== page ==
Pygmy blue and Antarctic blue whale presence, distribution and population parameters in southern Australia based on passive acoustics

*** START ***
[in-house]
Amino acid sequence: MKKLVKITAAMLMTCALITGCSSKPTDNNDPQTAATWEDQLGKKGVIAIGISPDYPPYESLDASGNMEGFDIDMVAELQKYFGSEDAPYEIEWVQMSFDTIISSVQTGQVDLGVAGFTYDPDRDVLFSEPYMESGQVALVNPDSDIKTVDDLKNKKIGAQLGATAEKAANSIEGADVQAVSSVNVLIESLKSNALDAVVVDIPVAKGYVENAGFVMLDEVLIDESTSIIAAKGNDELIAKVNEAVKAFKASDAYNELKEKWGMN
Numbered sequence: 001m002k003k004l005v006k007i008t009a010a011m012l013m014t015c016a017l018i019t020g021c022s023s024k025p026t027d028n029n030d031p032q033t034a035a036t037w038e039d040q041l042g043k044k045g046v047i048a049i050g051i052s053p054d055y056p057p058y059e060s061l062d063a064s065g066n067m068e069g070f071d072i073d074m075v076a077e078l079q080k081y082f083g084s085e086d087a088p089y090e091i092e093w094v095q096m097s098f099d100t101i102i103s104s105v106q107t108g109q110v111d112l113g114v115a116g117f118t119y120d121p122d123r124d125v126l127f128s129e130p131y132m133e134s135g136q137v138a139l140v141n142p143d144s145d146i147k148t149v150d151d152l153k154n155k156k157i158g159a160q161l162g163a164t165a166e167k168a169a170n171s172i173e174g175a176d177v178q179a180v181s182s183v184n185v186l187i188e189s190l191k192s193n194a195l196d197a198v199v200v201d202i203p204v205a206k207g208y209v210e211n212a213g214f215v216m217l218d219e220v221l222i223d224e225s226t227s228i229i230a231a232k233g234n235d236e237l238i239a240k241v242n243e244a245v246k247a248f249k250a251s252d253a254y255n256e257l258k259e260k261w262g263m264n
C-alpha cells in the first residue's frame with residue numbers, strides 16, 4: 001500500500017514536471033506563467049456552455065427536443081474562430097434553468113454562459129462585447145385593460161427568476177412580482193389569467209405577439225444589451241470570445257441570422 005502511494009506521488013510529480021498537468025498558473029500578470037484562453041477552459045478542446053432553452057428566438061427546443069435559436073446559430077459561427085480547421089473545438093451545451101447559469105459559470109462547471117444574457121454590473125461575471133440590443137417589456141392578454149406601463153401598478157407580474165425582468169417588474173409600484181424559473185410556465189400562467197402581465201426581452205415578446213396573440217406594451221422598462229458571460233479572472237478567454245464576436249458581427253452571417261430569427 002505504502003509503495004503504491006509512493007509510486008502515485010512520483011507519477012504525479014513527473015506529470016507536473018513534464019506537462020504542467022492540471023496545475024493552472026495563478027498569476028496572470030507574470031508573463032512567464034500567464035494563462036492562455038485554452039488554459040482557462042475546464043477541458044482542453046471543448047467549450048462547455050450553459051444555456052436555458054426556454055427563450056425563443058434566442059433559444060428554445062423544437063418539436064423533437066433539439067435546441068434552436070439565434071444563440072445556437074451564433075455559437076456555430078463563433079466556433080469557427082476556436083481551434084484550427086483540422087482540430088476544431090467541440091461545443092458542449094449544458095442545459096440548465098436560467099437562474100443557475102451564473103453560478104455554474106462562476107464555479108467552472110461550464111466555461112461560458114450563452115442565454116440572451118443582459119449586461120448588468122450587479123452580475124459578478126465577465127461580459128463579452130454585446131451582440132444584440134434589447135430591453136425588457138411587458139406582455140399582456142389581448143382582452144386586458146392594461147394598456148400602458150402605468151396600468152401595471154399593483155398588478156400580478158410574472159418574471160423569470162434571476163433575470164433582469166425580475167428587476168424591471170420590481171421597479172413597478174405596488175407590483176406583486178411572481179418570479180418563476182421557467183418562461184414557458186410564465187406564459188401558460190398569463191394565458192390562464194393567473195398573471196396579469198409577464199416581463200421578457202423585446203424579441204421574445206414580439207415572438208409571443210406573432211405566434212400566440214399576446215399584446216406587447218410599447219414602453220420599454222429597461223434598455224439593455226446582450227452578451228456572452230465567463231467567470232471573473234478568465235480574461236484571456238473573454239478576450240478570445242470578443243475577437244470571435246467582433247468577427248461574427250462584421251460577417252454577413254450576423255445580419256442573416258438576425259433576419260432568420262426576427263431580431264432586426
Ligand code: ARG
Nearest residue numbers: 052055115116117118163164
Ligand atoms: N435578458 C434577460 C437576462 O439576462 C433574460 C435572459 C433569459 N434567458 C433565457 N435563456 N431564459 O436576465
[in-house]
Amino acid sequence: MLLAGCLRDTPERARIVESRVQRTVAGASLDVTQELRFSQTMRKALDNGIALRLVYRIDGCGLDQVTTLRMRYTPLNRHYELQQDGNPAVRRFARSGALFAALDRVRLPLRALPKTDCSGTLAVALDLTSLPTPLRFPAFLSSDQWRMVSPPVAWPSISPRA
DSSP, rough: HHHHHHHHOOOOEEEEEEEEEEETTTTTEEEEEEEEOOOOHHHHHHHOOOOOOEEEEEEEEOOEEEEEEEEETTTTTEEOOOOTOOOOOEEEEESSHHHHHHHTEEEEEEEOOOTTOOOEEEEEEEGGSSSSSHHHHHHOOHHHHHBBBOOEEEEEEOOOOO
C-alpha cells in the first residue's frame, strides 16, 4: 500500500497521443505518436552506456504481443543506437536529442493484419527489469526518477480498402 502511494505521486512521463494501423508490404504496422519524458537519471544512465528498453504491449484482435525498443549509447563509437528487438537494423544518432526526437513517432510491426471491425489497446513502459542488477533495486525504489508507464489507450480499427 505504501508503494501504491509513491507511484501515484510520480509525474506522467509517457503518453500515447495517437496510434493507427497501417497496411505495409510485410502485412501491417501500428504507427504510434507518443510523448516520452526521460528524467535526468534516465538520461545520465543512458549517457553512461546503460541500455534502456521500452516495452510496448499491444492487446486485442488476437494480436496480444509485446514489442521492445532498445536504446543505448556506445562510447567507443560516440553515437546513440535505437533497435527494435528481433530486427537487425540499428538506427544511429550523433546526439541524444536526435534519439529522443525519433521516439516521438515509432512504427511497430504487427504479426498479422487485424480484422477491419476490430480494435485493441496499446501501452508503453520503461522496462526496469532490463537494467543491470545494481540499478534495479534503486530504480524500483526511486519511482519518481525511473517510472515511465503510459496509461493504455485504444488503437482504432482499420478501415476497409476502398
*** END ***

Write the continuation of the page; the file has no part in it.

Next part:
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© 2018 Elsevier Ltd Passive acoustic recorders set around Australia since 2004 have been used to study blue whales. Calls from New Zealand pygmy blue whales occur predominantly eastward of Bass Strait (145.8° E), calls from Eastern Indian Ocean pygmy blue whales (EIO PB) west of Bass Strait, while Antarctic blue whale calls occur along the entire southern Australian coast. The only location all calls have been detected within a short space of time in the same season is Bass Strait, where inter-species mixing commonly occurs. The EIO PB shows three migratory stages: “southbound” from November to January during which whales travel down the Western Australian coast; “southern Australian” where animals spread across the Indian and Southern Oceans spanning longitudes from 74° to 146° E down to at least a latitude of 55° S searching for food and feeding; then a northern migration where they return north to Indonesian waters post April-August. Along the southern Australian coastline EIO PB whales are more often detected towards the east, favouring an area where late summer to autumn upwelling occurs mostly over ~ 134-145° E longitude. Receivers on the shelf break south of Portland (141.2° E) showed 10–181 times greater EIO PB whale calling when integrated over their three month season than at sites located around the Great Australian Bight to the west. Within a season the Portland site did not show consistency of EIO PB whale presence or number of calling individuals, but when the number of calling individuals was integrated across a season and correlated with an upwelling index of seasonally integrated seabed water temperature across seven seasons, the upwelling index predicted 83% of the seasonal variance in whale presence. The strength of this correlation will be reduced by population growth of whales. By correcting EIO PB whale call rates for a variety of population growth rate values, we found a 4.3% growth rate for the population proportion visiting the Portland area, gave the maximum regression, correlation coefficient of r2= 90%. Time averaged levels of squared pressure produced at the upper chorus frequency of the Antarctic blue whale z-call and received via deep sound channel propagation at Portland showed a 12.6% increase rate. This is indicative of population growth rate for Antarctic blue whales using waters south of Australia, although the value of using pressure squared in this fashion and the assumptions underlying the technique need to be explored.
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